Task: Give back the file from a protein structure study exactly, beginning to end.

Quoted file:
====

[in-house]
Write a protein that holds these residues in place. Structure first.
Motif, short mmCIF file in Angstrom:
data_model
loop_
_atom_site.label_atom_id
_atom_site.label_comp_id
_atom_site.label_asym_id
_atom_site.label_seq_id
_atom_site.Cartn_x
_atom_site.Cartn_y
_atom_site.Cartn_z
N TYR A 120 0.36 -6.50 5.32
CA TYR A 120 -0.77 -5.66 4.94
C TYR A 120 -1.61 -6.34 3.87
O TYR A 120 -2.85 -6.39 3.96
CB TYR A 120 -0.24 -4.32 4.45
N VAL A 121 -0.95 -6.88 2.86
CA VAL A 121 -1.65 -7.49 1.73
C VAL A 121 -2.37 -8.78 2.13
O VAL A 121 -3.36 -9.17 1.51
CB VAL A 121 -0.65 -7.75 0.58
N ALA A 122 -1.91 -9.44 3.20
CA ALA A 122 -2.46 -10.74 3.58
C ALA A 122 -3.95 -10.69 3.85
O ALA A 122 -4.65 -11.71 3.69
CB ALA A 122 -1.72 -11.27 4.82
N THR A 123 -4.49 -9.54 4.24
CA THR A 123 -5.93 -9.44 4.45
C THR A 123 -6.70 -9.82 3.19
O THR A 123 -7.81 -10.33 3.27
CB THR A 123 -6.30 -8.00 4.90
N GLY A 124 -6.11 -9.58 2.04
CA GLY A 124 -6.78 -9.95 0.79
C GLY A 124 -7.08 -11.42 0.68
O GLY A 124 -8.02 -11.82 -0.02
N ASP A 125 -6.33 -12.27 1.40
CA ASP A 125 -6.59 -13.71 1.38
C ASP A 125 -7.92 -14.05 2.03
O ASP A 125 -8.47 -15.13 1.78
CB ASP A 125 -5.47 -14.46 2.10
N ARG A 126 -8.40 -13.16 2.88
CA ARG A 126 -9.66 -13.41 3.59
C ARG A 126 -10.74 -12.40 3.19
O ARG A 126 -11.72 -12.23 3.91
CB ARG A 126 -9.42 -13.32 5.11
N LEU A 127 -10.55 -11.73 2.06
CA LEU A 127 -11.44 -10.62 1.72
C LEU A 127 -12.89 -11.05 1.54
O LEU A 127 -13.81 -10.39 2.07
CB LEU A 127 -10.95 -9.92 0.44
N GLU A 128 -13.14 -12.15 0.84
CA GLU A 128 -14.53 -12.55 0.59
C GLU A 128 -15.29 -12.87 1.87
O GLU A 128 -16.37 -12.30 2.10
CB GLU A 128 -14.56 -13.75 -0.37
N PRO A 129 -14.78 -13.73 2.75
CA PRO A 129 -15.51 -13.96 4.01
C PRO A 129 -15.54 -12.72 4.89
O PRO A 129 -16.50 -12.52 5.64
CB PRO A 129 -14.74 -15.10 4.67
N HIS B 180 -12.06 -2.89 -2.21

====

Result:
[in-house]
Write a protein that holds these residues in place. Structure first.
Motif, short mmCIF file in Angstrom:
data_model
loop_
_atom_site.label_atom_id
_atom_site.label_comp_id
_atom_site.label_asym_id
_atom_site.label_seq_id
_atom_site.Cartn_x
_atom_site.Cartn_y
_atom_site.Cartn_z
N TYR A 120 0.36 -6.50 5.32
CA TYR A 120 -0.77 -5.66 4.94
C TYR A 120 -1.61 -6.34 3.87
O TYR A 120 -2.85 -6.39 3.96
CB TYR A 120 -0.24 -4.32 4.45
N VAL A 121 -0.95 -6.88 2.86
CA VAL A 121 -1.65 -7.49 1.73
C VAL A 121 -2.37 -8.78 2.13
O VAL A 121 -3.36 -9.17 1.51
CB VAL A 121 -0.65 -7.75 0.58
N ALA A 122 -1.91 -9.44 3.20
CA ALA A 122 -2.46 -10.74 3.58
C ALA A 122 -3.95 -10.69 3.85
O ALA A 122 -4.65 -11.71 3.69
CB ALA A 122 -1.72 -11.27 4.82
N THR A 123 -4.49 -9.54 4.24
CA THR A 123 -5.93 -9.44 4.45
C THR A 123 -6.70 -9.82 3.19
O THR A 123 -7.81 -10.33 3.27
CB THR A 123 -6.30 -8.00 4.90
N GLY A 124 -6.11 -9.58 2.04
CA GLY A 124 -6.78 -9.95 0.79
C GLY A 124 -7.08 -11.42 0.68
O GLY A 124 -8.02 -11.82 -0.02
N ASP A 125 -6.33 -12.27 1.40
CA ASP A 125 -6.59 -13.71 1.38
C ASP A 125 -7.92 -14.05 2.03
O ASP A 125 -8.47 -15.13 1.78
CB ASP A 125 -5.47 -14.46 2.10
N ARG A 126 -8.40 -13.16 2.88
CA ARG A 126 -9.66 -13.41 3.59
C ARG A 126 -10.74 -12.40 3.19
O ARG A 126 -11.72 -12.23 3.91
CB ARG A 126 -9.42 -13.32 5.11
N LEU A 127 -10.55 -11.73 2.06
CA LEU A 127 -11.44 -10.62 1.72
C LEU A 127 -12.89 -11.05 1.54
O LEU A 127 -13.81 -10.39 2.07
CB LEU A 127 -10.95 -9.92 0.44
N GLU A 128 -13.14 -12.15 0.84
CA GLU A 128 -14.53 -12.55 0.59
C GLU A 128 -15.29 -12.87 1.87
O GLU A 128 -16.37 -12.30 2.10
CB GLU A 128 -14.56 -13.75 -0.37
N PRO A 129 -14.78 -13.73 2.75
CA PRO A 129 -15.51 -13.96 4.01
C PRO A 129 -15.54 -12.72 4.89
O PRO A 129 -16.50 -12.52 5.64
CB PRO A 129 -14.74 -15.10 4.67
N HIS B 180 -12.06 -2.89 -2.21